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U.S. program aims to get immigrants into court to track cases

With tens of thousands of Central American immigrants arriving on the U.S.-Mexico border in the last two years, federal authorities launched a program Thursday to encourage more of them to show up for their hearings in immigration court.

Immigration and Customs Enforcement hired a contractor to help some immigrant families find transportation, housing and low-cost lawyers, hoping that getting them on stable footing will make them more likely to attend court hearings that determine whether they should be allowed to stay in the country or deported.

When immigrants show up for court, federal authorities can keep track of asylum cases to ensure those who lose return home. Advocates want immigrants to attend the hearings because they believe many of those arriving from El Salvador, Guatemala and Honduras have a strong shot of winning asylum but must be in court to do so. Judges routinely issue deportation orders for those who don’t show.

As many as 800 families who pass an initial asylum screening can join the program in Los Angeles, New York, Washington, Chicago and Miami starting Thursday. Caseworkers will help newly arriving immigrants with tasks such as finding transportation to immigration court and enrolling their children in school. Later, they will help those who lose their bids to stay in the country head home.

The program will cost $11 million a year and reach a tiny sliver of the 54,000 Central American immigrants with children who have arrived on the southwestern border since October 2014. It comes as the Obama administration faces court-imposed limits on the detention of immigrant families and as authorities began arresting those who lost their asylum cases in raids earlier this month.

Those eligible for the program include pregnant women, nursing mothers and immigrants with mental illness, ICE said.

“We are looking at Central American mothers, predominantly heads of households, because that is what we’re seeing now as the biggest population to be served,” said Andrew Lorenzen-Strait, ICE’s deputy director for enforcement and removal.

Since 2014, immigrant families have been sent to family detention centers or released and told to appear in immigration court.

Nearly 790 deportation orders have been issued for immigrants with children who have arrived since July 2014 and were detained. More than two-thirds were for those who didn’t show up for hearings, court statistics show.

Advocates welcomed the new program, hoping immigrants can prove they are fleeing persecution and win the right to stay in the U.S. It faces opposition from those who want the government to quickly screen immigrants on the border and turn away those who don’t qualify for asylum.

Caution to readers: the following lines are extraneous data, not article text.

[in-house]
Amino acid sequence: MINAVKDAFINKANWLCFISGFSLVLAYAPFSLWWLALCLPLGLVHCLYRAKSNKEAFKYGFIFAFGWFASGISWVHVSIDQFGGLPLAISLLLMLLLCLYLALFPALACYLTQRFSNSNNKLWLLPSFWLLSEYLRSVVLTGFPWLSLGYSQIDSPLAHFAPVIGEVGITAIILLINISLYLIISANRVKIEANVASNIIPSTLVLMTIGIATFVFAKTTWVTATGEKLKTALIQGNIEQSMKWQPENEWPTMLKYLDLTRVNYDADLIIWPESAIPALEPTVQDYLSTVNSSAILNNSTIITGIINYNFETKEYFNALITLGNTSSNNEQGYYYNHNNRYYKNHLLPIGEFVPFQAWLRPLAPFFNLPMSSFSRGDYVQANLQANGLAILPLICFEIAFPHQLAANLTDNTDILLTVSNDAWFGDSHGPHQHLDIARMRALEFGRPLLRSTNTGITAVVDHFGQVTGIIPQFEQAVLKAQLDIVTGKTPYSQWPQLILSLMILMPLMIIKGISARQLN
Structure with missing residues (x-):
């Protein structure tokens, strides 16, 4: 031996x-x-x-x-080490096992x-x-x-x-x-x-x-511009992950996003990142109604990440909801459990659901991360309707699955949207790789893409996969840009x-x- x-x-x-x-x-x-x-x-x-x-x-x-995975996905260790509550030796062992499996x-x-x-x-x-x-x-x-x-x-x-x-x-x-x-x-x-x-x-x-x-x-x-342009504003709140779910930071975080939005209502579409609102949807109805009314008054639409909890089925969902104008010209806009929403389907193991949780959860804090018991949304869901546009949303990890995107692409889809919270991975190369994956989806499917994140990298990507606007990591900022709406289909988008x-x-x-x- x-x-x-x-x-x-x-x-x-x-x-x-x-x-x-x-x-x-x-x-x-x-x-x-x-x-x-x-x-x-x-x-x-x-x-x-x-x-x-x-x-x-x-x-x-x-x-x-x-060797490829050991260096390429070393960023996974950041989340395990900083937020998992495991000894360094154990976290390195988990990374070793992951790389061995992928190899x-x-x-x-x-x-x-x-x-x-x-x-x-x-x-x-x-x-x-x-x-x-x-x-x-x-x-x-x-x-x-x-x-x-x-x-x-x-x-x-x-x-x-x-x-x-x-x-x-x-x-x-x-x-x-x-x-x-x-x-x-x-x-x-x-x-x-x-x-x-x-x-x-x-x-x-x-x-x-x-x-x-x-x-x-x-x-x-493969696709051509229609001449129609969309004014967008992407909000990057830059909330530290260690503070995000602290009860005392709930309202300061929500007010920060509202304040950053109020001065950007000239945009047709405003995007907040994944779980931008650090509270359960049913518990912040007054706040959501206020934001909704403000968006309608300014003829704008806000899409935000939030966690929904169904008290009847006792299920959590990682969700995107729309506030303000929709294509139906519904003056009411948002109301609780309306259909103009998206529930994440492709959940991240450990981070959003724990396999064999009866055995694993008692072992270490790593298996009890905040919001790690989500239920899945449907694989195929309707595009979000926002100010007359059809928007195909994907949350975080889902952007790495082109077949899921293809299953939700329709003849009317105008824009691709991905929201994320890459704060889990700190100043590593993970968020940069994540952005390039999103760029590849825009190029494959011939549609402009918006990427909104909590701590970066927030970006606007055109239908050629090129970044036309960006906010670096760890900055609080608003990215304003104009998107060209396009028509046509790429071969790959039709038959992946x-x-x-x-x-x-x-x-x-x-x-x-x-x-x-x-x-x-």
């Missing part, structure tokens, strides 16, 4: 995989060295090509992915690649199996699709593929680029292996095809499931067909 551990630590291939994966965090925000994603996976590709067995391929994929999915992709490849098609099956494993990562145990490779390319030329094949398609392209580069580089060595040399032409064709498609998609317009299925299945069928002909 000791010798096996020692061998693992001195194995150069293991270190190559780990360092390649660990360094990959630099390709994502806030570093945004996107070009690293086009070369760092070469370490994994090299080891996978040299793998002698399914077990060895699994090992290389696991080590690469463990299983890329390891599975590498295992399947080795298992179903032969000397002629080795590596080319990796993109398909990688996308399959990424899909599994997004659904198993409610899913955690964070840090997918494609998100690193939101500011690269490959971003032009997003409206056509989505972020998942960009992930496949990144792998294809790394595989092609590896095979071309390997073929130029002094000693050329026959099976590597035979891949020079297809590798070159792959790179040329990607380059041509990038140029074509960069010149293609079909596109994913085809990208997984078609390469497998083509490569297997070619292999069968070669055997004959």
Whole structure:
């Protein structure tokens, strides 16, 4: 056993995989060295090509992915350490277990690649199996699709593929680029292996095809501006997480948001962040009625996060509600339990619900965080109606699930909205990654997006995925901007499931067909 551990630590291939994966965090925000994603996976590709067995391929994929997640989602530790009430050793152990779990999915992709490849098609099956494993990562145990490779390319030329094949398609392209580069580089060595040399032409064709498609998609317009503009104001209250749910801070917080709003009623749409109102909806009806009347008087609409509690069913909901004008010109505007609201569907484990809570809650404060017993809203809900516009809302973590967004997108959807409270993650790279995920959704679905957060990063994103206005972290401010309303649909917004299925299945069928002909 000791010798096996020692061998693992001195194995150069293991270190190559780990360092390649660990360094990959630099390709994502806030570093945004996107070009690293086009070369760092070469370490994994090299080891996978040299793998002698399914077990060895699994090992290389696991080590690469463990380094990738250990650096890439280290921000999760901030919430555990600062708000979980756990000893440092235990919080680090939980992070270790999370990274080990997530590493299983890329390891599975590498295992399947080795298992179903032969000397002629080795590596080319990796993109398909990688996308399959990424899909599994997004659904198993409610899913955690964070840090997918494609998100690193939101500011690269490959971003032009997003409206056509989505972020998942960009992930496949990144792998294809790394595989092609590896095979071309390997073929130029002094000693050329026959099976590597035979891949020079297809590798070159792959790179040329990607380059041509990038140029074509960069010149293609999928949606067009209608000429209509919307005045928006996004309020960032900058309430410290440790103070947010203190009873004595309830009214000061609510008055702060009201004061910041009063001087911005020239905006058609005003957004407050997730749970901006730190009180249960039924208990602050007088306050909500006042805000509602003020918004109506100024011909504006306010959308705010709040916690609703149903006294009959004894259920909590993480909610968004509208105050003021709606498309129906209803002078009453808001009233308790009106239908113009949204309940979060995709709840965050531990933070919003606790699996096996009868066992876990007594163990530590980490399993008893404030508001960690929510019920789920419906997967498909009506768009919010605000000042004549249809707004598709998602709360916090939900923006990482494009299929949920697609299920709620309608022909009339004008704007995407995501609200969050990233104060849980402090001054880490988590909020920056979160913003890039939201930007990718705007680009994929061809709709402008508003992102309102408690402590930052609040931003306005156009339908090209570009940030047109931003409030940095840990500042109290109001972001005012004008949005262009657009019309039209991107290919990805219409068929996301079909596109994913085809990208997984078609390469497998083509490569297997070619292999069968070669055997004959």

“Instead, the administration continues to take actions that encourage more illegal immigration, such as providing taxpayer benefits to those who have come here illegally,” said Rep. Bob Goodlatte, the Republican chairman of the House Judiciary Committee.

Immigrant advocates said newcomers are often overwhelmed when they start life here and may miss key hearings if they get bogged down with enrolling their children in school or forget to update their address with the courts.

They applauded the aid to immigrants but questioned ICE’s selection of a contractor to run the program that is a unit of GEO Group, which also oversees immigration detention centers. The company declined to comment.

The surge in border arrivals has stoked raucous debate on the presidential campaign trail and in Washington. The Obama administration arrested 121 people with deportation orders several weeks ago in raids targeting Central Americans who came here in recent years.

Since last year, federal authorities have released immigrant families more quickly from detention centers after a federal judge ruled that mothers with children could not be held for lengthy periods of time. Some were outfitted with ankle bracelets after being freed.

Before launching the new plan, ICE ran a pilot program with two nonprofits in which participants almost always attended their immigration hearings and appointments, agency officials said.

“A lot of these people are not going to be deported,” said Annie Wilson, chief strategy officer for Lutheran Immigration and Refugee Service. “The more important question is: How should we be treating people who are going to be here, and who are going to win asylum?”

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